Posted in Culture, education, sociology, Uncategorized

Cyber Hybrid Culture (Part 1)

Charles Piscitello Ed.D

When reading my students’ discussion responses to “how social media brings us together and tears us apart,” I began to think about how we now must live in a cyber hybrid culture.

By cyber hybrid culture, I mean that in our culture we must live life in our face-to-face world while living on social media, email, and online courses.  I’ve noticed inconsistency in our presentation of self between the real world and our cyber world.

Similar to my teaching and instructional design experience in creating a hybrid/blended courses where online time supplements face-to-face time, we attempt to create the right balance between the face-to-face element and the online element.  Inexperienced hybrid/blended instructors simply try to squeeze their face-to-face course into a smaller amount of time with the same content online.  In this case, students feel that the online content is pointless busy work.

Instructors must learn to provide adequate content in the online portion and utilize the face-to-face time in a new and unique way to deliver a dynamic learning experience with knowledge of the content provided online.

smartphone-and-coffeeWe see this with exposure to social media, many times I see a classmate from college or high school, and the conversation is awkward and short.  We already know all about all the important news, babies, jobs, education, and other big life events.  With that, there is simply nothing new to talk about and we lose out on a key part of being a social being.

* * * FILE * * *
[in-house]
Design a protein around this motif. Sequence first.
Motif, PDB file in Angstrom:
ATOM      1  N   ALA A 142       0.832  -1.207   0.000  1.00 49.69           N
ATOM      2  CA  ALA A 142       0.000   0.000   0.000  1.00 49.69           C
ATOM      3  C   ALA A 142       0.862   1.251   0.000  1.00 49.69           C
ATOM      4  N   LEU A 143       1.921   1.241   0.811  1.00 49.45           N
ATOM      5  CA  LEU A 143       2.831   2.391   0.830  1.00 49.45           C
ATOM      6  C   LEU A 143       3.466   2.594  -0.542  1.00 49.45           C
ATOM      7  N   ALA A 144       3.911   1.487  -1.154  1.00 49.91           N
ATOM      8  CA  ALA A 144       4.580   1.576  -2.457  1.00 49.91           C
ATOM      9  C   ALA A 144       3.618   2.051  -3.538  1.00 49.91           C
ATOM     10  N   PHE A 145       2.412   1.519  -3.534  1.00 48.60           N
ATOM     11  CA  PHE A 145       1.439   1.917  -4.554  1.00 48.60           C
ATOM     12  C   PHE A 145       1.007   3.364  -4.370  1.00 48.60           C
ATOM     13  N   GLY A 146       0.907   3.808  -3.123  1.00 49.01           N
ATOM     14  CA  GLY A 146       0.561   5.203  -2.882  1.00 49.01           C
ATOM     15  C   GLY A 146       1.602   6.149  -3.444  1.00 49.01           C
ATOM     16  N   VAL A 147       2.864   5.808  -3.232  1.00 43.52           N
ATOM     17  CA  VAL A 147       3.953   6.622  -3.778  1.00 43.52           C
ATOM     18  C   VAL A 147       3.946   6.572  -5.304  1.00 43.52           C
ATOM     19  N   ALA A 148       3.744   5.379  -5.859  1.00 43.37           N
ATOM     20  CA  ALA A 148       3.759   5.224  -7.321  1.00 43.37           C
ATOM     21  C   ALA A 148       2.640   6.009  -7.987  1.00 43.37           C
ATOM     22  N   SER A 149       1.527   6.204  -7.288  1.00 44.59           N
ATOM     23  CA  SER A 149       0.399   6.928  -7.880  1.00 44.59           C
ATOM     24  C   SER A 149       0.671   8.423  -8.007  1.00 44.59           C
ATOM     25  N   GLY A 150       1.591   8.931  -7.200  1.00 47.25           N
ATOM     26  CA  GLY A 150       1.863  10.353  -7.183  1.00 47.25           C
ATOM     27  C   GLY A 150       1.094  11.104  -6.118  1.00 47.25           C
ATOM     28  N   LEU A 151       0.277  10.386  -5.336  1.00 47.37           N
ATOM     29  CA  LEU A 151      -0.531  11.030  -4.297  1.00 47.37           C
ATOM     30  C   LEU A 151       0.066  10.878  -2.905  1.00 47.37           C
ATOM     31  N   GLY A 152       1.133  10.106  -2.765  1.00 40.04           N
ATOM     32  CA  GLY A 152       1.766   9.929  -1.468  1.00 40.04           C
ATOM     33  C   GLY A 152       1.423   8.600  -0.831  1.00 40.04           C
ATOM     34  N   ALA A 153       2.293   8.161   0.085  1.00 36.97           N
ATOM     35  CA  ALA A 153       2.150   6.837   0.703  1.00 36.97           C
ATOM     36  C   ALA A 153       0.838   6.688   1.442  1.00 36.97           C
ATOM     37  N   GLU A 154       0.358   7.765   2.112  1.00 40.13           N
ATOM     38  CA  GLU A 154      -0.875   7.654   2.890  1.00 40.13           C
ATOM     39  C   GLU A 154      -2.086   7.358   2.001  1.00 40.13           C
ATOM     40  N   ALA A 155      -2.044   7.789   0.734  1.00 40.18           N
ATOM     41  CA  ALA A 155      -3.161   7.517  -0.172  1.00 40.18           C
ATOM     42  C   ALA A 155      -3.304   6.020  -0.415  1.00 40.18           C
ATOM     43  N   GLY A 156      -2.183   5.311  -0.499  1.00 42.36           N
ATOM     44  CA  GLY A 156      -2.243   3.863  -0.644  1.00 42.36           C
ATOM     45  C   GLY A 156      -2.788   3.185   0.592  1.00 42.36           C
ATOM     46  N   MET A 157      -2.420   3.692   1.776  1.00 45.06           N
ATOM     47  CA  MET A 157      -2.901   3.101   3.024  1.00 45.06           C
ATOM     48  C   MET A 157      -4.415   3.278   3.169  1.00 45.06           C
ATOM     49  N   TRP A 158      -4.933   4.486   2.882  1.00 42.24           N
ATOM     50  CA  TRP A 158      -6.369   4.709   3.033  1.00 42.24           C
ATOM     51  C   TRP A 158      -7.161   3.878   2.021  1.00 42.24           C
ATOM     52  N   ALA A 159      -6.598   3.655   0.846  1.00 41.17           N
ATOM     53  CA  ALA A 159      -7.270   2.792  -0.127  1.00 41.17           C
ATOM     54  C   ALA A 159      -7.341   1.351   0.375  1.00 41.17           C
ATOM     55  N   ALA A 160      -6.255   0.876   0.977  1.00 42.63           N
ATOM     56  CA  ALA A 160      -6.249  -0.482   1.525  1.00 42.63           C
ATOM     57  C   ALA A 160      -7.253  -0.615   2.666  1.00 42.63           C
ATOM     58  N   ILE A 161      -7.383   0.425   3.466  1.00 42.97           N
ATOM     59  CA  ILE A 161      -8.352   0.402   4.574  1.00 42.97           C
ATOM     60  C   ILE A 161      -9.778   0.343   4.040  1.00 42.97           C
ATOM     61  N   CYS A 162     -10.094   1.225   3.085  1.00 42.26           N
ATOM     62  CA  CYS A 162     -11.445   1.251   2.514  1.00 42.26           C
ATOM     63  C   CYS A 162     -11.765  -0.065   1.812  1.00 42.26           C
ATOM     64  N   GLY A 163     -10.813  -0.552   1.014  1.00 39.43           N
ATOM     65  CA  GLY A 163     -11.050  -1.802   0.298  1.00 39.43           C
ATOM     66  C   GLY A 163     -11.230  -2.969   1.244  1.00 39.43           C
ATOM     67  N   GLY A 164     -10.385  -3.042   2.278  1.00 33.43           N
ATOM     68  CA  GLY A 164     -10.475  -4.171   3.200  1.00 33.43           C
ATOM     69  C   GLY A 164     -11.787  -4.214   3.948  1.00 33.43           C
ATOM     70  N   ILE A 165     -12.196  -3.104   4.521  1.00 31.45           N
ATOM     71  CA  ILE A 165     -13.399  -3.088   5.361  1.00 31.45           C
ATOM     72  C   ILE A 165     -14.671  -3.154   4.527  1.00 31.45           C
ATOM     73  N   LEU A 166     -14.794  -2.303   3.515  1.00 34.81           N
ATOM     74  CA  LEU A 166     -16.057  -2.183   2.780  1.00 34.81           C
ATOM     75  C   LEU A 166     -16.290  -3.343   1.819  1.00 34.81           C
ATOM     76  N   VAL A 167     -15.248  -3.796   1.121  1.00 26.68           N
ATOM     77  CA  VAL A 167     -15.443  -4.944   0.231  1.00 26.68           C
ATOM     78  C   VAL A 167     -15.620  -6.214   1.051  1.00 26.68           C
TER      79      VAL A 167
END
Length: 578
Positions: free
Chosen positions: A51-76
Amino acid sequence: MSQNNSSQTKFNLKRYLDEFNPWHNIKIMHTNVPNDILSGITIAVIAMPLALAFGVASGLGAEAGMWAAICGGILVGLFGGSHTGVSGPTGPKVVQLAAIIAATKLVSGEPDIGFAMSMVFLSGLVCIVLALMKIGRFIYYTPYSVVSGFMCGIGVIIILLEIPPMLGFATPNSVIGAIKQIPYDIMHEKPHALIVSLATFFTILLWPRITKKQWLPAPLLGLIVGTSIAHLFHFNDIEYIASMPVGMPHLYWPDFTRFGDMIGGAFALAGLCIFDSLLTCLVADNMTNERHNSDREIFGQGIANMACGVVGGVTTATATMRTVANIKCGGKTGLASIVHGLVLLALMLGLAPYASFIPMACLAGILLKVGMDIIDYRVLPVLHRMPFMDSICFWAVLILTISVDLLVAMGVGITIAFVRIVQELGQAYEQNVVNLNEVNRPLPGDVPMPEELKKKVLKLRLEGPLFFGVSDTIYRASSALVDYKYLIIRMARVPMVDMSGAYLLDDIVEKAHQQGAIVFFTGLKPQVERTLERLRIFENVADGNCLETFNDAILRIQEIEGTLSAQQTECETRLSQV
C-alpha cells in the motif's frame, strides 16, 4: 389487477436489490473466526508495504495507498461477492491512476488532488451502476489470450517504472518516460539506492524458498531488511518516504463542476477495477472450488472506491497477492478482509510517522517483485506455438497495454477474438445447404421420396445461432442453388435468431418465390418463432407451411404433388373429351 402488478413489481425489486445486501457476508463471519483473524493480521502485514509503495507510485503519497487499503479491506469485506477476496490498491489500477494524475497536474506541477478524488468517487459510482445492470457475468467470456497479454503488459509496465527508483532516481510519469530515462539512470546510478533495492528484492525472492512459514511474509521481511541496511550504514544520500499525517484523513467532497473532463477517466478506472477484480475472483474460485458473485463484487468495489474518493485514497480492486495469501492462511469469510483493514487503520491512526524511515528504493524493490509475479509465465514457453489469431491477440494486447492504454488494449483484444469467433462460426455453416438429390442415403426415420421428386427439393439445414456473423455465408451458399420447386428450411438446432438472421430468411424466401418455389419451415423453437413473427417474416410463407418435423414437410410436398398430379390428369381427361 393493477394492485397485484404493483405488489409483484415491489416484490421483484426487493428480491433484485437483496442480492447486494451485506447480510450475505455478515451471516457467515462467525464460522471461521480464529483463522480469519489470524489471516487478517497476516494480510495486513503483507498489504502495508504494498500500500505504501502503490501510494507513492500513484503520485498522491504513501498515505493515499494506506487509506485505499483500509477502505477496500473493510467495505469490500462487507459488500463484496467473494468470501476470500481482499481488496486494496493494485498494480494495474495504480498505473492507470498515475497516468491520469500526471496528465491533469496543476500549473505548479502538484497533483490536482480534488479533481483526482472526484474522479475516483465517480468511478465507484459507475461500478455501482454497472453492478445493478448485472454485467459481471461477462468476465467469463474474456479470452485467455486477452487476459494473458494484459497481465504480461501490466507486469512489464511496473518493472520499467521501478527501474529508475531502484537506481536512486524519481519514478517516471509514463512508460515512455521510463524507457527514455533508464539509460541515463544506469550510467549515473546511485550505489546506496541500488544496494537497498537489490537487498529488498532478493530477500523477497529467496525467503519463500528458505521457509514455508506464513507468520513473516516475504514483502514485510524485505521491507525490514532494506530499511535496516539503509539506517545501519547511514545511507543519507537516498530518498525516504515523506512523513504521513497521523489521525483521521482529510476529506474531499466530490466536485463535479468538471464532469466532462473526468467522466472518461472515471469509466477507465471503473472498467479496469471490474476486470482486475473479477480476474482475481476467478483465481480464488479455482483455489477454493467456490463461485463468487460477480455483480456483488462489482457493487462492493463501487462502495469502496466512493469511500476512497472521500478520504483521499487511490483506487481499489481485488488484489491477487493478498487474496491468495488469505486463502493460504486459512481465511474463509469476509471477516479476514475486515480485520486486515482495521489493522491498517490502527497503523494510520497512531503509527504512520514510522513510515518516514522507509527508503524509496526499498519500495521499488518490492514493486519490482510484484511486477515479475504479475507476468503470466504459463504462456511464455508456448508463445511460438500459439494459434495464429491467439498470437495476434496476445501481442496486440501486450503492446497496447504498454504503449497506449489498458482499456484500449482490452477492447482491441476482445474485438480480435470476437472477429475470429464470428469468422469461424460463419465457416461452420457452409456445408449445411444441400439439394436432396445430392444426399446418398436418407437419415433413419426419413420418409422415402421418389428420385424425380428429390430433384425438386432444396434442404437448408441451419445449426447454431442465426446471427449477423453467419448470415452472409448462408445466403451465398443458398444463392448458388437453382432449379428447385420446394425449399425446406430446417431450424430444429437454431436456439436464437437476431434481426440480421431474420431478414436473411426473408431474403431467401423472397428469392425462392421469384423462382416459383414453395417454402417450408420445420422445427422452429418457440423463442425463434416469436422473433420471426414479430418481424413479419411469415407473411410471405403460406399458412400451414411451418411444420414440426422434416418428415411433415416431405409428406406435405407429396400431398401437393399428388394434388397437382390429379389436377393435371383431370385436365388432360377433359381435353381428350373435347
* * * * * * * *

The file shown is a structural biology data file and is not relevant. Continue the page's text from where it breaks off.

When done correctly, social media provides information which triggers discussion, talk radio hosts poke and prod their audience for topics and ministers can gain insight about their congregation.  At a quick glance of my smart watch, I learn a morsel of news and can tie it to face-to-face class discussion.

But most of the time, social media creates awkward social interaction, by removing an individual from the room as everyone is interacting with people who are not in the room.  We replace face-to-face conversation at the dinner table with people poking at their phone, for the same Facebook content that they’ve already read a number of times already.


As a society we are still in our infancy in blending our face-to-face and online worlds.  We must find ways to better utilize the online world without compromising our face-to-face real time interactions.

Literature review coming soon.